his worshippers know him, and distinguish him from all false gods; see
1 Kings 18:36.
Note, God's covenant-relation to his people is what he will be ever
mindful of, what he glories in, and what he will have us never forget,
but give him the glory of: if he will have this to be his memorial unto
all generations, we have all the reason in the world to make it so with
us, for it is a precious memorial.
16 Go, and gather the elders of Israel together, and say unto
them, The LORD God of your fathers, the God of Abraham, of Isaac,
and of Jacob, appeared unto me, saying, I have surely visited
you, and seen that which is done to you in Egypt:
17 And I have said, I will bring you up out of the affliction
of Egypt unto the land of the Canaanites, and the Hittites, and
the Amorites, and the Perizzites, and the Hivites, and the
Jebusites, unto a land flowing with milk and honey.
18 And they shall hearken to thy voice: and thou shalt come,
thou and the elders of Israel, unto the king of Egypt, and ye
shall say unto him, The LORD God of the Hebrews hath met with us:
and now let us go, we beseech thee, three days' journey into the
wilderness, that we may sacrifice to the LORD our God.
19 And I am sure that the king of Egypt will not let you go,
no, not by a mighty hand.
20 And I will stretch out my hand, and smite Egypt with all my
wonders which I will do in the midst thereof: and after that he
will let you go.
21 And I will give this people favour in the sight of the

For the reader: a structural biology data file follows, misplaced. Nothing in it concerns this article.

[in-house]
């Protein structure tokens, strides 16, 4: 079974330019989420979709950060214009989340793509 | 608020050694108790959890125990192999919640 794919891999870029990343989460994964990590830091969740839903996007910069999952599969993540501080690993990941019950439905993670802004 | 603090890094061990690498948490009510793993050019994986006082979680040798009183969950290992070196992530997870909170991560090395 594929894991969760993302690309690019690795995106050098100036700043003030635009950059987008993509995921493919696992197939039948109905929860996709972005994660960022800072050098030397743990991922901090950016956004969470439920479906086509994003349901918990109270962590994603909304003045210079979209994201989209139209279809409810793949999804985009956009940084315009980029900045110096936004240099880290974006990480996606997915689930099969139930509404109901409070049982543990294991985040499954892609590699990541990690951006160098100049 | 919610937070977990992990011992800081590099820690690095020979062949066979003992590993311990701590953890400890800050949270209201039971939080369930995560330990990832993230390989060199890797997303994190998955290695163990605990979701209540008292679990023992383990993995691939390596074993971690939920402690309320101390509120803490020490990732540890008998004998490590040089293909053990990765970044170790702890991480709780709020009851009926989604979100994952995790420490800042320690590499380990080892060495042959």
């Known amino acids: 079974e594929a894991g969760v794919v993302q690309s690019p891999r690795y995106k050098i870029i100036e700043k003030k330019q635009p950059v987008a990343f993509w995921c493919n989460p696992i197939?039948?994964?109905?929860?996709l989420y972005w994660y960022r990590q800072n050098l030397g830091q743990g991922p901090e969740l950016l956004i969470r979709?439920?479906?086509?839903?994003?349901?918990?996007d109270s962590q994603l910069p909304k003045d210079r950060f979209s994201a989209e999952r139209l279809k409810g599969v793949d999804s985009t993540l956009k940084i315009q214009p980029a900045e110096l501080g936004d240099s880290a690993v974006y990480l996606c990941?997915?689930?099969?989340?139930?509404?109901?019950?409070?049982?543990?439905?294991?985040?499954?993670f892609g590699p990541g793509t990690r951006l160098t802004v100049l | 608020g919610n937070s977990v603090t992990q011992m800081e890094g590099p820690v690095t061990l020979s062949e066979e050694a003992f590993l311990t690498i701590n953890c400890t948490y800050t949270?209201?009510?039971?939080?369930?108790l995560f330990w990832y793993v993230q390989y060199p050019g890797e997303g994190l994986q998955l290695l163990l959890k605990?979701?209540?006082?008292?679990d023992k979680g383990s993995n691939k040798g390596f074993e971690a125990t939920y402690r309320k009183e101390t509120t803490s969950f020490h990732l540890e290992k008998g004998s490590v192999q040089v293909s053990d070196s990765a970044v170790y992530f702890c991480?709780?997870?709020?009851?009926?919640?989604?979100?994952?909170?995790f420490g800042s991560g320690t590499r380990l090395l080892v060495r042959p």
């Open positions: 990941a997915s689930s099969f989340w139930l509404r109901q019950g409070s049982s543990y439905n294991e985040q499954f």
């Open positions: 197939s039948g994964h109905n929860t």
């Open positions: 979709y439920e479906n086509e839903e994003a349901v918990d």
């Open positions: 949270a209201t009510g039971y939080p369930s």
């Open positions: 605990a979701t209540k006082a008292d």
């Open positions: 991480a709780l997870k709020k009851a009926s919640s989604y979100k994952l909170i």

Egyptians: and it shall come to pass, that, when ye go, ye shall
not go empty:
22 But every woman shall borrow of her neighbour, and of her
that sojourneth in her house, jewels of silver, and jewels of
gold, and raiment: and ye shall put them upon your sons, and
upon your daughters; and ye shall spoil the Egyptians.
Moses is here more particularly instructed in his work, and informed
beforehand of his success.
1. He must deal with the elders of Israel, and raise their expectation
of a speedy removal to Canaan,
He must repeat to them what God had said to him, as a faithful
ambassador. Note, That which ministers have received of the Lord they
must deliver to his people, and keep back nothing that is profitable.
Lay an emphasis on that,
"I have said, I will bring you up; that is enough to satisfy
them, I have said it:" hath he spoken, and will he not make it
good? With us saying and doing are two things, but they are not so
with God, for he is in one mind and who can turn him? "I have said it,